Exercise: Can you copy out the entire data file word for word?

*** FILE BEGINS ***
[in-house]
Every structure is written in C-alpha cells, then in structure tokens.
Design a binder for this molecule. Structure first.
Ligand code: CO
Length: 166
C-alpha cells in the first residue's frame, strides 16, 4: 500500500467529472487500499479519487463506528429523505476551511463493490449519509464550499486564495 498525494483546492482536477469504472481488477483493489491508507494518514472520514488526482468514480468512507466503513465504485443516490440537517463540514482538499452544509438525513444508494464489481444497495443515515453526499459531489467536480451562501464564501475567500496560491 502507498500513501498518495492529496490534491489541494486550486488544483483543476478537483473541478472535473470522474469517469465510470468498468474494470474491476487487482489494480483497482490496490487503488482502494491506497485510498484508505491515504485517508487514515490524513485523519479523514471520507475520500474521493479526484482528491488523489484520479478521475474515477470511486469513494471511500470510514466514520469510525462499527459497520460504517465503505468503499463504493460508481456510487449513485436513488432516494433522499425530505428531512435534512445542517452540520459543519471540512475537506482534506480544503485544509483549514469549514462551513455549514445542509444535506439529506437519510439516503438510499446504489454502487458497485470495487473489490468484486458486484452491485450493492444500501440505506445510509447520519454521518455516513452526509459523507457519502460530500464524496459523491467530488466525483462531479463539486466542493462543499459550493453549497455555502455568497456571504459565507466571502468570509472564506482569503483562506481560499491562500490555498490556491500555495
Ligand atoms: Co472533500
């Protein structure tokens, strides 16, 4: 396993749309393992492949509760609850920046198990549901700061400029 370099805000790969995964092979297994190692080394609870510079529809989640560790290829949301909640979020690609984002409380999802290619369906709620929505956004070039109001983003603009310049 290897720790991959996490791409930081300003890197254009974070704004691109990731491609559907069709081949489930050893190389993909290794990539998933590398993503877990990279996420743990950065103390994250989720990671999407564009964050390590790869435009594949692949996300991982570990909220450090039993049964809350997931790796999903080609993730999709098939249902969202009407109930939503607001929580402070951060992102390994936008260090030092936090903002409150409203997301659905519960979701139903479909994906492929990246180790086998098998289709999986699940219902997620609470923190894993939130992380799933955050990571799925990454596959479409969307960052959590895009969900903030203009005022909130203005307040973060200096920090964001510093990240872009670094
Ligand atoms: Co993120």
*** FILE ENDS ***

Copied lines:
[in-house]
Every structure is written in C-alpha cells, then in structure tokens.
Design a binder for this molecule. Structure first.
Ligand code: CO
Length: 166
C-alpha cells in the first residue's frame, strides 16, 4: 500500500467529472487500499479519487463506528429523505476551511463493490449519509464550499486564495 498525494483546492482536477469504472481488477483493489491508507494518514472520514488526482468514480468512507466503513465504485443516490440537517463540514482538499452544509438525513444508494464489481444497495443515515453526499459531489467536480451562501464564501475567500496560491 502507498500513501498518495492529496490534491489541494486550486488544483483543476478537483473541478472535473470522474469517469465510470468498468474494470474491476487487482489494480483497482490496490487503488482502494491506497485510498484508505491515504485517508487514515490524513485523519479523514471520507475520500474521493479526484482528491488523489484520479478521475474515477470511486469513494471511500470510514466514520469510525462499527459497520460504517465503505468503499463504493460508481456510487449513485436513488432516494433522499425530505428531512435534512445542517452540520459543519471540512475537506482534506480544503485544509483549514469549514462551513455549514445542509444535506439529506437519510439516503438510499446504489454502487458497485470495487473489490468484486458486484452491485450493492444500501440505506445510509447520519454521518455516513452526509459523507457519502460530500464524496459523491467530488466525483462531479463539486466542493462543499459550493453549497455555502455568497456571504459565507466571502468570509472564506482569503483562506481560499491562500490555498490556491500555495
Ligand atoms: Co472533500
């Protein structure tokens, strides 16, 4: 396993749309393992492949509760609850920046198990549901700061400029 370099805000790969995964092979297994190692080394609870510079529809989640560790290829949301909640979020690609984002409380999802290619369906709620929505956004070039109001983003603009310049 290897720790991959996490791409930081300003890197254009974070704004691109990731491609559907069709081949489930050893190389993909290794990539998933590398993503877990990279996420743990950065103390994250989720990671999407564009964050390590790869435009594949692949996300991982570990909220450090039993049964809350997931790796999903080609993730999709098939249902969202009407109930939503607001929580402070951060992102390994936008260090030092936090903002409150409203997301659905519960979701139903479909994906492929990246180790086998098998289709999986699940219902997620609470923190894993939130992380799933955050990571799925990454596959479409969307960052959590895009969900903030203009005022909130203005307040973060200096920090964001510093990240872009670094
Ligand atoms: Co993120």